Dating & Relationships

Why Do Romantic Partners Tend To Look Alike?

November 7, 2012 by Justin Lehmiller

Contrary to the old saying “opposite attract,” you have probably noticed that romantic couples have a tendency to look more alike than they do different. But why is this the case? Is it because people have a tendency to select partners who look like them, or is it because couple members actually grow physically similar to one another over time? Surprisingly, psychologists have found support for both of these explanations.

Similarity in physical appearance is an important factor in initial attraction, and it is part of the reason couple members often look like each other right from the start. What appears to be driving this is a predisposition to select partners whose genes resemble our own. As some evidence of this, research has found that the spouses of identical twins are more similar to one another both physically and psychologically than are the spouses of fraternal twins [1]. Thus, the more genes that two people share in common, the more likely they are to look for similar characteristics in their partners. As additional evidence of this phenomenon, consider a study in which heterosexual participants rated the attractiveness of a set of faces [2]. Embedded in this series of images was an image of their own face that had been digitally morphed into the other sex. Despite not recognizing the morphed face as their own, participants rated it the most attractive of all. These and numerous other studies tell us that “like attracts like.”

However, what is even more fascinating than this is that romantic partners’ similarity to each other only grows over time! For instance, in a classic study by Bob Zajonc and colleagues, college undergraduates were asked to evaluate photographs of either newlywed couples or photos of the same couples after 25 years of marriage [3]. Specifically, participants saw images of two faces at a time and were asked to evaluate how similar each pair was and how likely they were to be married. Sometimes the pair that was presented was an actual married couple, and sometimes it was just two random people of similar age put together.

Results indicated that perceived facial similarity did indeed increase over time. Participants rated the faces of older married couples as being more similar than those of newlyweds and random pairs. Also, for young couples, participants could not distinguish between newlyweds and random pairs in terms of whether they were actually married; however, among older couples, participants were better at detecting which couples were married and which ones were not (presumably on the basis of those differences in facial resemblance). One other fascinating result is that the faces that were judged to be most similar belonged to the couples who reported being the happiest.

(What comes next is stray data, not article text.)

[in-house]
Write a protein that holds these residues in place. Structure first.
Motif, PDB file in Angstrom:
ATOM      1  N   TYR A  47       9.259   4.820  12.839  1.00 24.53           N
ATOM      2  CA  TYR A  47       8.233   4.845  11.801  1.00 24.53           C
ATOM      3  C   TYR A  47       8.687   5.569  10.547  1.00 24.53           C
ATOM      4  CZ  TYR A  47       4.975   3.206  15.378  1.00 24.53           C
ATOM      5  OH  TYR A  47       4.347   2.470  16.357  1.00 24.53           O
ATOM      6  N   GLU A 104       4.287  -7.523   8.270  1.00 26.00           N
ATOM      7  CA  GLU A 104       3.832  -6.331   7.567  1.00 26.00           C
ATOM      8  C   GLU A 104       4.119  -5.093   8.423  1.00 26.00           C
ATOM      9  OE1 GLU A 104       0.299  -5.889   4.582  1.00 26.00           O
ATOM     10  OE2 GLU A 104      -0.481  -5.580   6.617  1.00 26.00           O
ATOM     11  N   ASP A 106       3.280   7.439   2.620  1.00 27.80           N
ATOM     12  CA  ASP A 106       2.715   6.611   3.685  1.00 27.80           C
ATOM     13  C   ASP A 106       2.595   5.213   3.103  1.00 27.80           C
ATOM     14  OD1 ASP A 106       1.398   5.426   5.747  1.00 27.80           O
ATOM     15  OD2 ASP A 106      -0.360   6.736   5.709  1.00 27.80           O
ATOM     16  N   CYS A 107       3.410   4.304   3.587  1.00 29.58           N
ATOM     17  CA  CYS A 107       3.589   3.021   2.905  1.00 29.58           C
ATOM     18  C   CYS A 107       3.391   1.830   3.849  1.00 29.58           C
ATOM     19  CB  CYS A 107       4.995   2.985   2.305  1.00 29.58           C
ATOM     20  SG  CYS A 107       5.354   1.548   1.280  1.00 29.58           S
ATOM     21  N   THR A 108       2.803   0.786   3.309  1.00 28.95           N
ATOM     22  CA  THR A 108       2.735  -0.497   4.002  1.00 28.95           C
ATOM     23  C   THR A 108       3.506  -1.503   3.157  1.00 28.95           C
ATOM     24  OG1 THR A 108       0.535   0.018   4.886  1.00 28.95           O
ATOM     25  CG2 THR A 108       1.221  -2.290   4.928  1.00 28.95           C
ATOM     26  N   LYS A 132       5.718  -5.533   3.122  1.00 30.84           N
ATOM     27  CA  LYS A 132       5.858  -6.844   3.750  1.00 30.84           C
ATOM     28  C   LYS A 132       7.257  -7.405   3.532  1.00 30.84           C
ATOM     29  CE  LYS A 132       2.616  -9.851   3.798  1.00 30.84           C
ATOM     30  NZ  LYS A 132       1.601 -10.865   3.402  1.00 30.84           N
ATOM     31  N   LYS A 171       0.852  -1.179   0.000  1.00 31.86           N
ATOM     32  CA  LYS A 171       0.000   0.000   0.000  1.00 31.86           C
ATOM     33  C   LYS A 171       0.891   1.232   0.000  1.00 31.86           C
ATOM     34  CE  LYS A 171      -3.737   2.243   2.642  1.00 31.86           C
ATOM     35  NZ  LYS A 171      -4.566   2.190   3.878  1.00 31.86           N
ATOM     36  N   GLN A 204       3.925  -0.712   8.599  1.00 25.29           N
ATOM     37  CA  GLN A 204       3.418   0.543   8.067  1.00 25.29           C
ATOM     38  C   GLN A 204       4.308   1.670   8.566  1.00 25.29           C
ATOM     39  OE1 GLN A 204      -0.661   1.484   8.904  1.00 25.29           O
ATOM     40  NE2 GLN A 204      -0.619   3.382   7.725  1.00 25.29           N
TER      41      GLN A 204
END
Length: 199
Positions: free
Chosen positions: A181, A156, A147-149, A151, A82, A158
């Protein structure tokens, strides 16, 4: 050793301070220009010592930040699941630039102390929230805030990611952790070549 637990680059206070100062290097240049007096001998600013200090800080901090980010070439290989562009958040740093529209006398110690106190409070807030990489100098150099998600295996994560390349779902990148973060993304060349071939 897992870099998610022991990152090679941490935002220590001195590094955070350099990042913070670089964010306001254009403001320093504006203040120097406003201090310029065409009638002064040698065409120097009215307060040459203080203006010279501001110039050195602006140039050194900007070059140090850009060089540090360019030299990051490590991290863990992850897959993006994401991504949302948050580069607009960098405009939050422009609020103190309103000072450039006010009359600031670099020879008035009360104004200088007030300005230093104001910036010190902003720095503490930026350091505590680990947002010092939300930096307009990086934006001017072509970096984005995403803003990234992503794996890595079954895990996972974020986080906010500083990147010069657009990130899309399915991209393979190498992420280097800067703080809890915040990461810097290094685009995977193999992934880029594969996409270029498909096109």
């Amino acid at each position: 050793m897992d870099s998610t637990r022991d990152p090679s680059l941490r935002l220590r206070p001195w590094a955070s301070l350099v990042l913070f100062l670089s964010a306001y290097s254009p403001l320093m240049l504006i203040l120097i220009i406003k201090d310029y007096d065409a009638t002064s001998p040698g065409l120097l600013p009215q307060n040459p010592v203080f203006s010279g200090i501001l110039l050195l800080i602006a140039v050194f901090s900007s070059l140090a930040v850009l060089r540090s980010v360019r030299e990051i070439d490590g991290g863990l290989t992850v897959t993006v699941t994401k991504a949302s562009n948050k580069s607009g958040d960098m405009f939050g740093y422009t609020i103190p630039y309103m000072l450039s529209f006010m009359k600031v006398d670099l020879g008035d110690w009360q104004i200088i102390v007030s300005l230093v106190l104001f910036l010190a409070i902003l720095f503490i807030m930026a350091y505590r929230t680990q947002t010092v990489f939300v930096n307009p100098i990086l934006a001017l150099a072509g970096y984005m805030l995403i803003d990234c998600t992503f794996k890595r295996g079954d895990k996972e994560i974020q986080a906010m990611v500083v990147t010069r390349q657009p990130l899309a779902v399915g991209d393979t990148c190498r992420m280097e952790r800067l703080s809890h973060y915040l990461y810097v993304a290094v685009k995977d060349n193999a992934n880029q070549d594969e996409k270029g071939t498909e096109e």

How do we explain this pattern of results? We cannot say for sure, but the authors argue that it is a function of empathy. The idea is that romantic partners frequently empathize with each other and “share” their emotional states. And sharing emotions means that we also share the same facial expressions, which may be the real key to increased physical similarity. That is, by moving their facial muscles the same way over time, romantic partners may come to have the same pattern of wrinkles around their mouths and eyes, among other things. Of course, other explanations are possible. For instance, increased resemblance could have something to do with residing in the same environment or having a similar diet.

Regardless of the explanation, while we do indeed seem to be initially drawn to similar-looking partners, it appears that we also start to look more similar to our partners as we age.

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[1] Rushton, J., & Bons, T. (2005). Mate choice and friendship in twins: Evidence for genetic similarity. Psychological Science, 16, 555-559. doi:10.1111/j.0956-7976.2005.01574.x

[2] Penton-Voak, I. S., Perrett, D. I., & Peirce, J. W. (1999). Computer graphic studies of the role of facial similarity in judgements of attractiveness. Current Psychology: A Journal for Diverse Perspectives on Diverse Psychological Issues, 18, 104-117. doi:10.1007/s12144-999-1020-4

[3] Zajonc, R. B., Adelmann, P. K., Murphy, S. T., & Niedenthal, P. M. (1987). Convergence in the physical appearance of spouses. Motivation and Emotion, 11, 335-346. doi:10.1007/BF00992848

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Written by
Dr. Justin Lehmiller
Founder & Owner of Sex and Psychology

Dr. Justin Lehmiller is a social psychologist and Research Fellow at The Kinsey Institute. He runs the Sex and Psychology blog and podcast and is author of the popular book Tell Me What You Want. Dr. Lehmiller is an award-winning educator, and a prolific researcher who has published more than 50 academic works.

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